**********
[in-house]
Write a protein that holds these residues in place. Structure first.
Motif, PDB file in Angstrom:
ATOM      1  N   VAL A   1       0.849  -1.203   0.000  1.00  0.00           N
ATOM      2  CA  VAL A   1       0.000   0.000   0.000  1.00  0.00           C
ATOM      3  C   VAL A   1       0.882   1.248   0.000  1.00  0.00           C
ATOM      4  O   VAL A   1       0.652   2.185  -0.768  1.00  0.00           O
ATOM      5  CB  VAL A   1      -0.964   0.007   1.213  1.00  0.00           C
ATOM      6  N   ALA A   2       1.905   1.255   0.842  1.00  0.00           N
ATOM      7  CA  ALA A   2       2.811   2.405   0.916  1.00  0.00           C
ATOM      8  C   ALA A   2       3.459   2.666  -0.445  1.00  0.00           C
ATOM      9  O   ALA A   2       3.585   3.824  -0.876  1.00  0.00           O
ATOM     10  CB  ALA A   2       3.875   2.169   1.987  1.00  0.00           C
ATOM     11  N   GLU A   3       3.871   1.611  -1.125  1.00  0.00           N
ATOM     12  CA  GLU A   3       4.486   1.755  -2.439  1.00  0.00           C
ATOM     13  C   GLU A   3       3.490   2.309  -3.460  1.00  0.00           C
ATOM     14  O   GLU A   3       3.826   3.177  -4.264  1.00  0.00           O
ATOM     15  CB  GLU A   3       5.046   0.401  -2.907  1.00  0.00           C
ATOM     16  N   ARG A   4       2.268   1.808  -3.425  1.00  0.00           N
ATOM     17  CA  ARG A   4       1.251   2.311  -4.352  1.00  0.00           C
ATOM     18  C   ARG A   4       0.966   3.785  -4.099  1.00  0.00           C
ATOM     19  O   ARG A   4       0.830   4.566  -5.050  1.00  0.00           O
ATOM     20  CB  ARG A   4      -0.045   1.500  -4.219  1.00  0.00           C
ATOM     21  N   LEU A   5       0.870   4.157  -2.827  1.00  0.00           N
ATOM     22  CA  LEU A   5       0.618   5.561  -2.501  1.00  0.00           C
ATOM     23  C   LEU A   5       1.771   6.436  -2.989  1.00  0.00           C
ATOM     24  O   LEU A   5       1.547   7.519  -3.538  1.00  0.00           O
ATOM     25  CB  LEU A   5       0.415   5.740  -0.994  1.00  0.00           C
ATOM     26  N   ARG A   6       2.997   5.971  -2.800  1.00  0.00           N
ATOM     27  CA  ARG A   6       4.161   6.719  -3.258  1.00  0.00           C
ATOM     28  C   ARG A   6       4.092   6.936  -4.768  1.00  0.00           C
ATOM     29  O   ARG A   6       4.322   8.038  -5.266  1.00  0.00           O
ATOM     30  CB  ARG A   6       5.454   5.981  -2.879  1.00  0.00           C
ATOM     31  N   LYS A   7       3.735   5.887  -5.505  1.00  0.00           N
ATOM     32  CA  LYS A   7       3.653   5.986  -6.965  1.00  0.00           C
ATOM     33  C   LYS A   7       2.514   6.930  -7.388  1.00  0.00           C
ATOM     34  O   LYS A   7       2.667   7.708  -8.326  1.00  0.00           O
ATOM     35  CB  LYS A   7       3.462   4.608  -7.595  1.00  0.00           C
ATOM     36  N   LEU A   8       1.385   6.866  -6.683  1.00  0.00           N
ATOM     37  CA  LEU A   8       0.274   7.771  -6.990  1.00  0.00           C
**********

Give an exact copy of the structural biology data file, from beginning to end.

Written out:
[in-house]
Write a protein that holds these residues in place. Structure first.
Motif, PDB file in Angstrom:
ATOM      1  N   VAL A   1       0.849  -1.203   0.000  1.00  0.00           N
ATOM      2  CA  VAL A   1       0.000   0.000   0.000  1.00  0.00           C
ATOM      3  C   VAL A   1       0.882   1.248   0.000  1.00  0.00           C
ATOM      4  O   VAL A   1       0.652   2.185  -0.768  1.00  0.00           O
ATOM      5  CB  VAL A   1      -0.964   0.007   1.213  1.00  0.00           C
ATOM      6  N   ALA A   2       1.905   1.255   0.842  1.00  0.00           N
ATOM      7  CA  ALA A   2       2.811   2.405   0.916  1.00  0.00           C
ATOM      8  C   ALA A   2       3.459   2.666  -0.445  1.00  0.00           C
ATOM      9  O   ALA A   2       3.585   3.824  -0.876  1.00  0.00           O
ATOM     10  CB  ALA A   2       3.875   2.169   1.987  1.00  0.00           C
ATOM     11  N   GLU A   3       3.871   1.611  -1.125  1.00  0.00           N
ATOM     12  CA  GLU A   3       4.486   1.755  -2.439  1.00  0.00           C
ATOM     13  C   GLU A   3       3.490   2.309  -3.460  1.00  0.00           C
ATOM     14  O   GLU A   3       3.826   3.177  -4.264  1.00  0.00           O
ATOM     15  CB  GLU A   3       5.046   0.401  -2.907  1.00  0.00           C
ATOM     16  N   ARG A   4       2.268   1.808  -3.425  1.00  0.00           N
ATOM     17  CA  ARG A   4       1.251   2.311  -4.352  1.00  0.00           C
ATOM     18  C   ARG A   4       0.966   3.785  -4.099  1.00  0.00           C
ATOM     19  O   ARG A   4       0.830   4.566  -5.050  1.00  0.00           O
ATOM     20  CB  ARG A   4      -0.045   1.500  -4.219  1.00  0.00           C
ATOM     21  N   LEU A   5       0.870   4.157  -2.827  1.00  0.00           N
ATOM     22  CA  LEU A   5       0.618   5.561  -2.501  1.00  0.00           C
ATOM     23  C   LEU A   5       1.771   6.436  -2.989  1.00  0.00           C
ATOM     24  O   LEU A   5       1.547   7.519  -3.538  1.00  0.00           O
ATOM     25  CB  LEU A   5       0.415   5.740  -0.994  1.00  0.00           C
ATOM     26  N   ARG A   6       2.997   5.971  -2.800  1.00  0.00           N
ATOM     27  CA  ARG A   6       4.161   6.719  -3.258  1.00  0.00           C
ATOM     28  C   ARG A   6       4.092   6.936  -4.768  1.00  0.00           C
ATOM     29  O   ARG A   6       4.322   8.038  -5.266  1.00  0.00           O
ATOM     30  CB  ARG A   6       5.454   5.981  -2.879  1.00  0.00           C
ATOM     31  N   LYS A   7       3.735   5.887  -5.505  1.00  0.00           N
ATOM     32  CA  LYS A   7       3.653   5.986  -6.965  1.00  0.00           C
ATOM     33  C   LYS A   7       2.514   6.930  -7.388  1.00  0.00           C
ATOM     34  O   LYS A   7       2.667   7.708  -8.326  1.00  0.00           O
ATOM     35  CB  LYS A   7       3.462   4.608  -7.595  1.00  0.00           C
ATOM     36  N   LEU A   8       1.385   6.866  -6.683  1.00  0.00           N
ATOM     37  CA  LEU A   8       0.274   7.771  -6.990  1.00  0.00           C